Marketing the sewing machine

One thing about the sewing machine which I found interesting was the way in which it was marketed and how the marketing of the sewing machine changes as people’s perception of the sewing machine changed. Some of the earliest French advertising material for sewing machines were targeted at men and showed a soldier at the sewing machine. From its introduction until the 1850s, the sewing machine was targeted at men and for industrial use, until it was suggested to Singer Sewing Company that they create a machine for domestic use. Henceforth, the advertising of the sewing machine was targeted at women. [4] 

The marketing strategy was altered to react to the changes of women’s view on the increasingly common sewing machine. When the sewing machine was first made available, it was expensive and unaffordable and hence became a status symbol for the wealthier families. The time saved could be used for teaching their children or simply resting. From the 1850s to the 1870s, the sewing machine was also marketed as a piece of furniture, which led to some of the higher end sewing machines coming with cabinet cases that were rather elaborate and fanciful. The sewing machine continued to gain in popularity and by the 1890s, it was common enough for it to lose its association as a status symbol. This led to a change in the perception of the sewing machine. Instead of being something meant to be displayed, it was now a tool that was best hidden from view, even though it was still frequently used. This led to modifications in the new types of machines being introduced, such as the drop head model, where the machine could be folded into a table and out of sight after use. [5] , [6]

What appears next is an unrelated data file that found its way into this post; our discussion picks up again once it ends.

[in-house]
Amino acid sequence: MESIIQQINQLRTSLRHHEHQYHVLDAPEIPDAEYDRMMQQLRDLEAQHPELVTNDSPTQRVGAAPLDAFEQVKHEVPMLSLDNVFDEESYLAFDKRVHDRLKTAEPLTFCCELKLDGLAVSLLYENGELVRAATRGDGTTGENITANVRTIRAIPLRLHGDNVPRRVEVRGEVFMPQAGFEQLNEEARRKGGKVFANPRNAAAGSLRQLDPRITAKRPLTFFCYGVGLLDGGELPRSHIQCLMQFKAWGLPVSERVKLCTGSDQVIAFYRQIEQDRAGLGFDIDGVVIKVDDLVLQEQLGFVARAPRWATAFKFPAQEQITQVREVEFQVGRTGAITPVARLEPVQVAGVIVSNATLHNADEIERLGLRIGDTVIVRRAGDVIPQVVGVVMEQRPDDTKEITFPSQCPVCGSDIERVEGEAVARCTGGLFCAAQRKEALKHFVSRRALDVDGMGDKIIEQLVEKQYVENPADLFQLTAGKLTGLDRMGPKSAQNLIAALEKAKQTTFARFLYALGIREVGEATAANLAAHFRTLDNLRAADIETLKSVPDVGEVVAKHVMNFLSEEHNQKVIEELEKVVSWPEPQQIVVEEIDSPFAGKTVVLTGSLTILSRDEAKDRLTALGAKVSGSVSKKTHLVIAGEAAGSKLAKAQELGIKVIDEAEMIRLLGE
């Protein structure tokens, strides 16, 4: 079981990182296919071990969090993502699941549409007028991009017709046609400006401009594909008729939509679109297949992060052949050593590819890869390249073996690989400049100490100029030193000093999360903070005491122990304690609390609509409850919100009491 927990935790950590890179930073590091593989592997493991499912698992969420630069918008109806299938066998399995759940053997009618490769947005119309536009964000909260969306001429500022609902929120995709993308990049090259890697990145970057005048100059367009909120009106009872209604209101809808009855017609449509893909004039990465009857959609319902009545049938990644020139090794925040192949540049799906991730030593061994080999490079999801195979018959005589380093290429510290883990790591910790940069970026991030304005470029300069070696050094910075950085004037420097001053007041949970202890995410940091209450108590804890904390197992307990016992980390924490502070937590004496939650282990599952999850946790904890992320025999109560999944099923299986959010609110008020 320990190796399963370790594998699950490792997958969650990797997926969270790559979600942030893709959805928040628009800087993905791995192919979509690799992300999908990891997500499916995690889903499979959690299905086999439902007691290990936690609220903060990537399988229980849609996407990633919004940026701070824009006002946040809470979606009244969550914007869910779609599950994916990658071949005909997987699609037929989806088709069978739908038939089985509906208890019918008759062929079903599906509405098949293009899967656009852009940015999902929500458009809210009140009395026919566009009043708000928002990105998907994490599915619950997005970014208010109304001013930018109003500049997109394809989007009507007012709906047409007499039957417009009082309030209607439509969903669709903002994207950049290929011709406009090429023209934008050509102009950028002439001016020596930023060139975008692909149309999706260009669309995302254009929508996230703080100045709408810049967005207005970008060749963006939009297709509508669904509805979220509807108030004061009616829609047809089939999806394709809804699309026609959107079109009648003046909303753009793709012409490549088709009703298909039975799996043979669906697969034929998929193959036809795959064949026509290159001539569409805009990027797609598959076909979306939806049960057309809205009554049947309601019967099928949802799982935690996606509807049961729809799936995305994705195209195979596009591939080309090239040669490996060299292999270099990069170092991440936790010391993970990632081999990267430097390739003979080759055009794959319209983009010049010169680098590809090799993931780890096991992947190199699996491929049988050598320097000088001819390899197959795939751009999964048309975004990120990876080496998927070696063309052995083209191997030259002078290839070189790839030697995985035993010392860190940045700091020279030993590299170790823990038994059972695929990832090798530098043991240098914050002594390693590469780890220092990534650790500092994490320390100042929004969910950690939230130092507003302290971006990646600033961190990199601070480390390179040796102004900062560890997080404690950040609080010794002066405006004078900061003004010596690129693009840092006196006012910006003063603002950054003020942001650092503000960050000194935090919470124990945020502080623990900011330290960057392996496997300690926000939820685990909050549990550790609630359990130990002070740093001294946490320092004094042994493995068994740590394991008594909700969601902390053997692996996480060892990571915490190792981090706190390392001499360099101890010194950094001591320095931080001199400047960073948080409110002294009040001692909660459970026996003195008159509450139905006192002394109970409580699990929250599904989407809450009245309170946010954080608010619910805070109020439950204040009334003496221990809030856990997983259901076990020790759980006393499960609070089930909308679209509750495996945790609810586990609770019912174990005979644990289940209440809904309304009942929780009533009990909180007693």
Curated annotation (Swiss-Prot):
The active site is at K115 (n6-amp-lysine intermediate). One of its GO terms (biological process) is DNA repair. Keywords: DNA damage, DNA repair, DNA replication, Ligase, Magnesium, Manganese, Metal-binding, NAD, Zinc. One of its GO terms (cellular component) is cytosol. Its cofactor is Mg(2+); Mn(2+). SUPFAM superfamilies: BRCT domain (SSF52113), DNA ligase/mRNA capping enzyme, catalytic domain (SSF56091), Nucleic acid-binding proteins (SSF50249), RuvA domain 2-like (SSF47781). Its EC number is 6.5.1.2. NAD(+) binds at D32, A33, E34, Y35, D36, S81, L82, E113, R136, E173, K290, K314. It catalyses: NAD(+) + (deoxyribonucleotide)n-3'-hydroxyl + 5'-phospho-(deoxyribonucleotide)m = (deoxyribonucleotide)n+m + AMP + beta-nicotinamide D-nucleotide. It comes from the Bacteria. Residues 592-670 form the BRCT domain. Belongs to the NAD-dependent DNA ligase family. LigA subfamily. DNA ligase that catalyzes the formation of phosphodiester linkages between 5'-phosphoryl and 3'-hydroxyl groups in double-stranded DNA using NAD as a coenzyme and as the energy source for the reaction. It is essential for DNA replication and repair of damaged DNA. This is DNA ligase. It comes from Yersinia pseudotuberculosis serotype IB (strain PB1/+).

Another event that altered the role of the sewing machine was the rise of the ready-to-wear clothing industry in the 1920s. Unlike today, readymade clothing were of better quality but more costly compared to home sewn clothing as they were made by professional dressmakers. At this period of time, the sewing machine was marketed as a money saving tool, allowing women to save some money by sewing their own clothing and look as polished as if they were wearing ready to wear clothing. Advertising from a sewing machine company then claimed that with “the help of Greist attachments, the items sewn at home have a finished look instead of a home-made look” [7] 

Pioneering new forms of technology